I was excited when Google initially launched Google+. I’d been an early adopter of Google services like Picasa and Gmail, and it was easy to imagine that Google would also revolutionize social media. Unfortunately, my initial excitement eventually turned into disappointment. Although the service and many of its innovative features (such as Circles) were well-executed, it was all too easy for Google+’s main competitor, Facebook, to adopt those features. Besides, by the time Google+ had launched, everyone and their grandmother was already on Facebook. With all of my family, friends and favorite brands on Facebook, and only a few other early adopters on Google+, it didn’t make sense to invest a lot of time into using the service. Eventually, it reached a point where I rarely used it.
Nonetheless, there’s reason to believe that Google’s social media service is still in the fight. Here’s why: Google has begun to link each of a user’s accounts between each of the company’s services. Thus, if you use Gmail or Youtube, you probably already have a Google+ account even if you aren’t using it yet. Increasingly, Google is providing reasons for you to take advantage of that account. If you’re an author, for example, Google+ is beginning to play a bigger and bigger role in SEO.
For example, Google has begun to place relevance on social media sharing when ranking content in search results. If you have a blawg or contribute posts to another website (which I think you should already be doing), then you’ll probably understand why this is important. The more your content is shared via social media services like Facebook, Twitter, and (of course) Google+, the higher its ranking in Google’s search results. The higher your ranking in Google’s search results, the more likely people are to discover you when Googling for things like “entertainment attorney.”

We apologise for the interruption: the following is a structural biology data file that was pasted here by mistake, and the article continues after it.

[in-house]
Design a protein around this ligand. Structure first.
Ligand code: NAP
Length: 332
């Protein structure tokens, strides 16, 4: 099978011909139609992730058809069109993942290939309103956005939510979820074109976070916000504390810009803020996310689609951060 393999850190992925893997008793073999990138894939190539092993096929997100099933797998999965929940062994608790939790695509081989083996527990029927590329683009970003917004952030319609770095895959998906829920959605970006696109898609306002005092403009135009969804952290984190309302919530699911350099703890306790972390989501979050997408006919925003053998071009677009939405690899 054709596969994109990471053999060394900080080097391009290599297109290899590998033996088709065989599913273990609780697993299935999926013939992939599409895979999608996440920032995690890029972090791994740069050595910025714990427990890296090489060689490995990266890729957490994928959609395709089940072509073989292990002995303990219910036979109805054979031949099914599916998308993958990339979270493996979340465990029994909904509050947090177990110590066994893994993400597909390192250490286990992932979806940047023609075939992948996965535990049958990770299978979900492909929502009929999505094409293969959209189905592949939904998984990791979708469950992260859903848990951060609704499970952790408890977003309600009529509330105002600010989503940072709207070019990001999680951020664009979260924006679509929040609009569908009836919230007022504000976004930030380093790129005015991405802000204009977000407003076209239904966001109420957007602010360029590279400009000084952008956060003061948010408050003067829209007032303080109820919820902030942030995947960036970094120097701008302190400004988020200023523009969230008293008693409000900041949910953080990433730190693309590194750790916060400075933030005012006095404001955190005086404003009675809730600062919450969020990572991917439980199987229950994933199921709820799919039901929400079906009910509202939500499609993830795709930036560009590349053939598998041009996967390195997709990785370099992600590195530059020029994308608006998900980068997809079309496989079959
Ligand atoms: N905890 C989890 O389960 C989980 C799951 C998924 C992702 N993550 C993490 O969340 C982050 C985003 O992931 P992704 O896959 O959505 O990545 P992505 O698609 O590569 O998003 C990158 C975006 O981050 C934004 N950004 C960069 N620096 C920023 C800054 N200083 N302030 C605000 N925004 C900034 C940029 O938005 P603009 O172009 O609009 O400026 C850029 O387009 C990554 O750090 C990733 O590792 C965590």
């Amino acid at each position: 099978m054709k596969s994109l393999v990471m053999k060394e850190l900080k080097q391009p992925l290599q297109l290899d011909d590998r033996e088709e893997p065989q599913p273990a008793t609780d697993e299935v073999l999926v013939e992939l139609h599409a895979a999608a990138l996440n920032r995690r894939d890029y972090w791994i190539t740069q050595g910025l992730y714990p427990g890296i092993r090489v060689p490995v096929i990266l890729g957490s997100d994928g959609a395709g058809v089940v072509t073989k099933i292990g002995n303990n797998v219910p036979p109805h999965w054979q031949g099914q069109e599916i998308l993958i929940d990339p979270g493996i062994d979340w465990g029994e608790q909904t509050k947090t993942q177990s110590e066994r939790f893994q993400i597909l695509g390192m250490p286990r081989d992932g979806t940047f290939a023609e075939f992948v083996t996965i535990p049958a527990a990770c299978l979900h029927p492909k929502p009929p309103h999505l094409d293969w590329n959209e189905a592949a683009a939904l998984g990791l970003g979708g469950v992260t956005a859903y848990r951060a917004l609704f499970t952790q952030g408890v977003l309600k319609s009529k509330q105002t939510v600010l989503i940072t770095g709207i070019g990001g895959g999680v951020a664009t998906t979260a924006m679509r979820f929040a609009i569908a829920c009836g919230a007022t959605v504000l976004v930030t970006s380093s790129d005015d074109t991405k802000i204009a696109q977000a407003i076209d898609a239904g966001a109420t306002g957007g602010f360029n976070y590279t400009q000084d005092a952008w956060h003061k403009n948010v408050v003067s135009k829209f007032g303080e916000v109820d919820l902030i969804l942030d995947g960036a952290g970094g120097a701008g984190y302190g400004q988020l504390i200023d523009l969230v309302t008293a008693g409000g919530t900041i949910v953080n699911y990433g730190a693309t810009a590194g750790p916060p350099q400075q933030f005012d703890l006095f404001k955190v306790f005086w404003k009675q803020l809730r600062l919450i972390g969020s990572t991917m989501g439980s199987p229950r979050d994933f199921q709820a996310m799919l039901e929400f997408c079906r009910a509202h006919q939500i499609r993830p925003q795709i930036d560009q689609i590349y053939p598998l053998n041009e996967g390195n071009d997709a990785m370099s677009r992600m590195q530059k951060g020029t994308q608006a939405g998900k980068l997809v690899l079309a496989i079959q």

In addition to paying attention to the frequency in which your posts are shared on social media, Google is also placing increased relevance into the identity of the author of a post. For example, if Google identifies you as the author of a blog post, Google will then link together all of the posts you’ve had published regardless of which site the content lives on. As a result, by claiming authorship of your work, you’re able to boost the authority of all of the content you create.
So how do you claim authorship of your content? Through your Google+ account of course. Google explains it like this:
“If you want your authorship information to appear in search results for the content you create, you’ll need a Google+ Profile with a good, recognizable headshot as your profile photo. Then, verify authorship of your content by associating it with your profile using either of the methods below.”
To claim authorship:
- Log in to your Google+ account.
- Click “edit your profile.”
- Click “edit” under the “Links” section of your profile.
- Add links for each blog that you contribute to under “Contributor To.”
- While you’re at it, under the section titled “Other Profiles” you can add links for your other accounts including those on LinkedIn, Instagram, Facebook, About.Me, Twitter, and so forth.
By connecting your accounts and claiming authorship of your content, you’re able to increase your SEO in Google. As your relevance increases, you’ll even discover that Google provides your author profile to the right of a search result for your name including your profile picture, your public contact information, and recent blog posts.
So what do you think? Is Google+ past its prime or poised for a comeback?
- How Social Media Can Help Lawyers Win New Clients (rocketlawyer.com)
- New Rules for New Media? Nope – You Already Know Them (rocketlawyer.com)
- Lawyers, It’s Time To Up Your Game On Social Media (rocketlawyer.com)